“Leadership opportunities go right through the school, right down to the lower levels. So for instance, in year 9, I take some students out to be ambassadors for the school when I visit feeder schools.”
(Anne Miles, Principal, McAuley High School)

Acknowledgment:

Thanks to the principals, staff and students of Aorere College, McAuley High School, Mangere Bridge School, Sylvia Park School, Mary MacKillop School and Wymondley Road Primary School for their contributions.

Things to think about

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Things to think about

  • Do you know what your Pasifika students want to get out of their experience at school? Have you asked them? How do you help to prepare them for the future?
  • What do past students tell you about what they needed to experience and learn at school?
  • Is there a ‘culture of mocking’ in your school that has a negative impact on the achievement of your Pasifika students? How do you know? Do you need to transform the culture into one that impacts on them more positively? If so, how would you go about this transformation?
  • What does your school do that helps build the self-esteem of your Pasifika learners? What do you contribute? Could you do more?
  • Do you believe that the Pasifika students in your school are secure in their identity as Pasifika? How do you know? If you don’t know, how would you find out?
  • What is the level of Pasifika student involvement in students’ leadership positions and reward systems in your school? Has this involvement increased over time? Could it be improved?

Transcript

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Transcript

Glen Ryan – Principal
I want to take this school and put it anywhere in New Zealand and have just as strong leadership, just as high expectations, any school, anywhere and just as much rights for our parents and our children. So when we do leadership we look at fantastic leadership for our kids. We felt at this school that some of our students had a culture of bringing people down, not to put yourselves out there as someone who is successful and we wanted to change that. So we’re promoting leading and make it seen as the right thing to do. And the kids have caught on. The mocking has gone from the school and that use to be something humorous, but it wasn’t. So we’ve promoted leadership. You would have seen school leaders, house leaders, our assemblies are run by the children, our student lead conferences are run by the students, powhiris, - students, so we put the students up there and we help support them to be confident and to talk articulately.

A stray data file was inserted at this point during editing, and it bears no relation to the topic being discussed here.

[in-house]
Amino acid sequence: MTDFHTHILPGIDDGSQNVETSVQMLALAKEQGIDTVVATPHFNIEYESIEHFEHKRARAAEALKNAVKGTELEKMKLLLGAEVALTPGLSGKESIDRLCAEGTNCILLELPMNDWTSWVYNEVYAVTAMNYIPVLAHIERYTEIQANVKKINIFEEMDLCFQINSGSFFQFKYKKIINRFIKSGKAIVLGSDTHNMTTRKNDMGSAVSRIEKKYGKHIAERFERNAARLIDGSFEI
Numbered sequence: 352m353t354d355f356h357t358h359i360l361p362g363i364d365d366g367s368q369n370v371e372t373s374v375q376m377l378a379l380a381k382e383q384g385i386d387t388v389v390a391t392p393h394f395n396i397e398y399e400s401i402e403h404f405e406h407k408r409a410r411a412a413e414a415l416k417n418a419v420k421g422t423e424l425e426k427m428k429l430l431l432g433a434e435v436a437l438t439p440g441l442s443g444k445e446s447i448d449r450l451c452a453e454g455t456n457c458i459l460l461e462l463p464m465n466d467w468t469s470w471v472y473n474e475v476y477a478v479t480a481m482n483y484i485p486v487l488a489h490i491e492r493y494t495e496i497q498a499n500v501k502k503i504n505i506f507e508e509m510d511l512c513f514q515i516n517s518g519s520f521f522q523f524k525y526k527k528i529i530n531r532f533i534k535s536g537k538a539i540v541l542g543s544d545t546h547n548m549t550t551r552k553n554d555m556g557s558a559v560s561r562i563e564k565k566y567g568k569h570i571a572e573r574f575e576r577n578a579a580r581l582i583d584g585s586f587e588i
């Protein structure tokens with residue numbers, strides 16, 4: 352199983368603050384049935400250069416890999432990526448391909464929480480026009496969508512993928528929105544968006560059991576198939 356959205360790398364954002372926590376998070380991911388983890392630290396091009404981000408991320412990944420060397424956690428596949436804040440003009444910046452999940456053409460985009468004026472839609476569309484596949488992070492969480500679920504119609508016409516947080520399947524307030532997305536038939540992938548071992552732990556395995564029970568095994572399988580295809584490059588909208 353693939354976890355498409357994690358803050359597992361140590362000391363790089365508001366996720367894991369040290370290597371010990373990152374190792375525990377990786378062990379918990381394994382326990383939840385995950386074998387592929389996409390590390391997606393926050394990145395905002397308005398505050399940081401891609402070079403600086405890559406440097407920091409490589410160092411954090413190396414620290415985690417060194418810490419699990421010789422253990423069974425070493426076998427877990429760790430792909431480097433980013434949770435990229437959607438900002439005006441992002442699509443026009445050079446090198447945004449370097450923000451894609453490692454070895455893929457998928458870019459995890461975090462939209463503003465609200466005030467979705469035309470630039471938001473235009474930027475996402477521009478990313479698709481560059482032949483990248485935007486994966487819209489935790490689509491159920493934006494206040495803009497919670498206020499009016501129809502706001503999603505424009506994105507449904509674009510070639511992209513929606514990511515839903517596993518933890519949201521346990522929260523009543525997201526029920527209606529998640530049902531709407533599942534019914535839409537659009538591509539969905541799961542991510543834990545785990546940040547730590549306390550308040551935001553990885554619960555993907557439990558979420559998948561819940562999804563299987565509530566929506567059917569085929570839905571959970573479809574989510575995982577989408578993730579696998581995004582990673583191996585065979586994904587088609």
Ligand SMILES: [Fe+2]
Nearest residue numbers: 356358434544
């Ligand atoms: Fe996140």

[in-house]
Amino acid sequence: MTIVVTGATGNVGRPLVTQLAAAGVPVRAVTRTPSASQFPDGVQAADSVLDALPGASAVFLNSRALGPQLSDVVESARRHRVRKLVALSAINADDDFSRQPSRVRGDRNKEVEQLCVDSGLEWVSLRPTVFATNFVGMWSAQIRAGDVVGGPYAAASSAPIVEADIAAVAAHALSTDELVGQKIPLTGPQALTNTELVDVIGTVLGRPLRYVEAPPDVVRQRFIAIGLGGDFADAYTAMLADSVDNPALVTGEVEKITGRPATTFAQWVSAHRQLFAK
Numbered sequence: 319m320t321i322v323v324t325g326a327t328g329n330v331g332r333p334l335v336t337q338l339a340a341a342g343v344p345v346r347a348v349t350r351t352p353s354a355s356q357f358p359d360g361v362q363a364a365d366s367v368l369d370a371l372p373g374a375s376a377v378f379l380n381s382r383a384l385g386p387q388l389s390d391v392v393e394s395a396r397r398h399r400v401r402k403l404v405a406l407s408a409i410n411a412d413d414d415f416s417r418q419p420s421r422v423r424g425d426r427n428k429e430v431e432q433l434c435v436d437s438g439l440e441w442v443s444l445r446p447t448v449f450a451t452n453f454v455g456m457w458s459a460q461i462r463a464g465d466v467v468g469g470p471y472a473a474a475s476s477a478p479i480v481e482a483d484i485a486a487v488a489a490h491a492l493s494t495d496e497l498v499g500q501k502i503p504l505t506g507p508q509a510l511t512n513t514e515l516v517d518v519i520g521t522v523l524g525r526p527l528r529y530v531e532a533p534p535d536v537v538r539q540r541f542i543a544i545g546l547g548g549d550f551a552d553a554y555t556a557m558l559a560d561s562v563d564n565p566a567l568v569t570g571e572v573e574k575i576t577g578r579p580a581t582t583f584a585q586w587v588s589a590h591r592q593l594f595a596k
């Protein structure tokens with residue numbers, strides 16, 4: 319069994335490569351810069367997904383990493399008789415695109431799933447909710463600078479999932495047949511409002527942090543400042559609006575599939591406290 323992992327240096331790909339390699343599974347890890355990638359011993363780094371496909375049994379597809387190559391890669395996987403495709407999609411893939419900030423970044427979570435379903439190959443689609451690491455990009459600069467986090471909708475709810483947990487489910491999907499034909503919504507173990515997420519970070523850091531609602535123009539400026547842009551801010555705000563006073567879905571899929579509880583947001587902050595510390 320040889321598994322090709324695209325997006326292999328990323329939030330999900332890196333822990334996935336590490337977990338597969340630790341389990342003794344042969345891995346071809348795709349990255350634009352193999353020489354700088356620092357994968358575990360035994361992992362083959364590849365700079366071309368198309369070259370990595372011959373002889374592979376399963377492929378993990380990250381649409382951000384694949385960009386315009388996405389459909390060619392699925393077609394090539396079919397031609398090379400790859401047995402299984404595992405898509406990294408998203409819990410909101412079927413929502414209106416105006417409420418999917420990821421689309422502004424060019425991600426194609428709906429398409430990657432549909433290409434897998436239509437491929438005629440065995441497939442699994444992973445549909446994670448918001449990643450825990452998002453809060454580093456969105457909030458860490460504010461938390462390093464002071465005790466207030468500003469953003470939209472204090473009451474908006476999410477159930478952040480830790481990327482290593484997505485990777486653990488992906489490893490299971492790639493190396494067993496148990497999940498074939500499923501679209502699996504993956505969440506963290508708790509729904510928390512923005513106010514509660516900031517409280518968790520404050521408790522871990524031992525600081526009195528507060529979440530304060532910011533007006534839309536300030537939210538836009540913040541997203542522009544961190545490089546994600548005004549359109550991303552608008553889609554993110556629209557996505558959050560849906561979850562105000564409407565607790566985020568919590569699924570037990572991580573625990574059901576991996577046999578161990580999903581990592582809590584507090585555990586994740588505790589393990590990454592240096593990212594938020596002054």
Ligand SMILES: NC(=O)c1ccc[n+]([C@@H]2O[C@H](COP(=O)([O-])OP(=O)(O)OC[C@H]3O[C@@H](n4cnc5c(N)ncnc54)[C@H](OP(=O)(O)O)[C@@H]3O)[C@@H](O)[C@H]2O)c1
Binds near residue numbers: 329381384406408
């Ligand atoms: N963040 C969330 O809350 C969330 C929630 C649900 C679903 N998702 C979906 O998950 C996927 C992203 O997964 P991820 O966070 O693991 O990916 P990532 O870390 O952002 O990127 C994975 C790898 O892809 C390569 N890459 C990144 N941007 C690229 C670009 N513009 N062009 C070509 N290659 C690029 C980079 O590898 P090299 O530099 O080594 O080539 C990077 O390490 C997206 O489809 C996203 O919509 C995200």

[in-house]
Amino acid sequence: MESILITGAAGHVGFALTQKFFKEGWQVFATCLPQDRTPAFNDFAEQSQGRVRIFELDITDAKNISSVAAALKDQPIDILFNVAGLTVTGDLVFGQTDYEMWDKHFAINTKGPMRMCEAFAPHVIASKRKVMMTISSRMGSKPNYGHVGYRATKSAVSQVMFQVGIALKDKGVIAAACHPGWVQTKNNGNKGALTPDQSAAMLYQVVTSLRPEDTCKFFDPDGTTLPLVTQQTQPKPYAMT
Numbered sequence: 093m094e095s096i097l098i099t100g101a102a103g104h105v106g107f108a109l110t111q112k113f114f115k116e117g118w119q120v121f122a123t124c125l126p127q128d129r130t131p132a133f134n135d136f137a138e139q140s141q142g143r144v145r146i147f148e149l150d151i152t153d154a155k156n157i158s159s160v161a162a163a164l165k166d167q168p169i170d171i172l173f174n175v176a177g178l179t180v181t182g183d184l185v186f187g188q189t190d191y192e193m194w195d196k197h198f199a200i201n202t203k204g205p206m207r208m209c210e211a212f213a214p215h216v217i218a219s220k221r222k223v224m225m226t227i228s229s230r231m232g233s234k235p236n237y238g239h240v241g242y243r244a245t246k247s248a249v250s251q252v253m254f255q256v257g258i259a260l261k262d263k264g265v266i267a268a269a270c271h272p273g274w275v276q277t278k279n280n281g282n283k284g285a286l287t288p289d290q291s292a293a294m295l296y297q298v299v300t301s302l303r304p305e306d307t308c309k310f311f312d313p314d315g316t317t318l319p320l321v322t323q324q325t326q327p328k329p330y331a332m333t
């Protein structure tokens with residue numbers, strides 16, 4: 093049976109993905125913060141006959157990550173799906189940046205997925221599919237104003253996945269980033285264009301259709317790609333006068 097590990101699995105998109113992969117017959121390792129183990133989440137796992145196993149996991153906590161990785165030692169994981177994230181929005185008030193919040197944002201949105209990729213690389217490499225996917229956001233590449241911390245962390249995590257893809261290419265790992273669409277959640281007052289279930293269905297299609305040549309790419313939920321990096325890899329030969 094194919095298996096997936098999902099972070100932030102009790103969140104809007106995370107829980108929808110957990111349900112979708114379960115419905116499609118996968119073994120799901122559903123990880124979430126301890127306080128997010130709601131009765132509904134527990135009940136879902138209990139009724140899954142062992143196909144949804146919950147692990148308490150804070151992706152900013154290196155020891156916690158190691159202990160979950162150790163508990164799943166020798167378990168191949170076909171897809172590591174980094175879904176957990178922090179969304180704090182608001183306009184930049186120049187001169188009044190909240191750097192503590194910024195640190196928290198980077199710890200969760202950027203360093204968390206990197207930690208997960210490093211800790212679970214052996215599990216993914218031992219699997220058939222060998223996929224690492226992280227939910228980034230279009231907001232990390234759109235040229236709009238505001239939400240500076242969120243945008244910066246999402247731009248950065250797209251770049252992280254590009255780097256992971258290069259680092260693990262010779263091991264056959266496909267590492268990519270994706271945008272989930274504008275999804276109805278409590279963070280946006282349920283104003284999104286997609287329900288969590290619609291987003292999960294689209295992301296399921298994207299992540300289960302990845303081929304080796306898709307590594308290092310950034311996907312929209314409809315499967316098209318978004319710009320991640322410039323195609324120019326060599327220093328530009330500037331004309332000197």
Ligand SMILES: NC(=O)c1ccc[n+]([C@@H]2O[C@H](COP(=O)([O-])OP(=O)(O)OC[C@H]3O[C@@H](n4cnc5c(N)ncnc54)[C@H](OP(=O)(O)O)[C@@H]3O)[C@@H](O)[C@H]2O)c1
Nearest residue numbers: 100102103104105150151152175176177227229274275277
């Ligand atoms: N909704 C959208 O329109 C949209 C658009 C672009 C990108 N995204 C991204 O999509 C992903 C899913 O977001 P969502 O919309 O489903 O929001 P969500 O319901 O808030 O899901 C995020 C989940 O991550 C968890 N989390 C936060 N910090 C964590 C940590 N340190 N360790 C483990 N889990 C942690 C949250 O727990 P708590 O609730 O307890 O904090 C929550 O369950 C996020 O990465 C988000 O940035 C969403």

Maragaret - student
My role here at Mary MacKillop school is a school leader.

Lisa – student
I’m Year 8 in Room 33 and I’m a house captain for 2010.

Malia - student
I’m a house captain here at Mary MacKillop school.

Syrai - student
I’m in Year 8 and I’m a school leader for 2010.

Glen Ryan - Principal
Often in school there’s separate silos, the Years 3 and 4s don’t talk to the 7/8s, so we set up it up so there’s a leader in each of those areas. One of my roles, or key role, is to develop those leaders, so they talk to each other, they share information so the information is flowing through the school, it doesn’t just stop in one area and then the child moves on, so developing strong leaders within the school has been top priority for us.

Anne Miles – Principal
We hope that every single Year 13 student sees herself as a leader, but leadership opportunities go right through the school, right down to the lower levels. So for instance in Year 9, I take some students out to be ambassadors for the school and I visit feeder schools. We have our class captains, we have members of the student council, everywhere where the students have a voice to be able to talk about what they’re doing. But it’s also an opportunity for them to develop leadership skills and to feel valued and proud of themselves and it carries right through Year 10, 11, Year 12s are constantly being fed that information – you are next year’s leaders, you need to take that role within the school, and so they have the different uniform in Year 12 and 13, acknowledging the level of leadership that is expected from them. Each student is encouraged to take ownership of their own development and that’s what our goal is, managing self so leadership of yourself, leadership of your peer group, leadership as example of the school.

Mele - student
As Year 13s we offer our knowledge to the younger ones and we kind of build that kind of relationship so our teachers teach us and we teach the rest of the girls.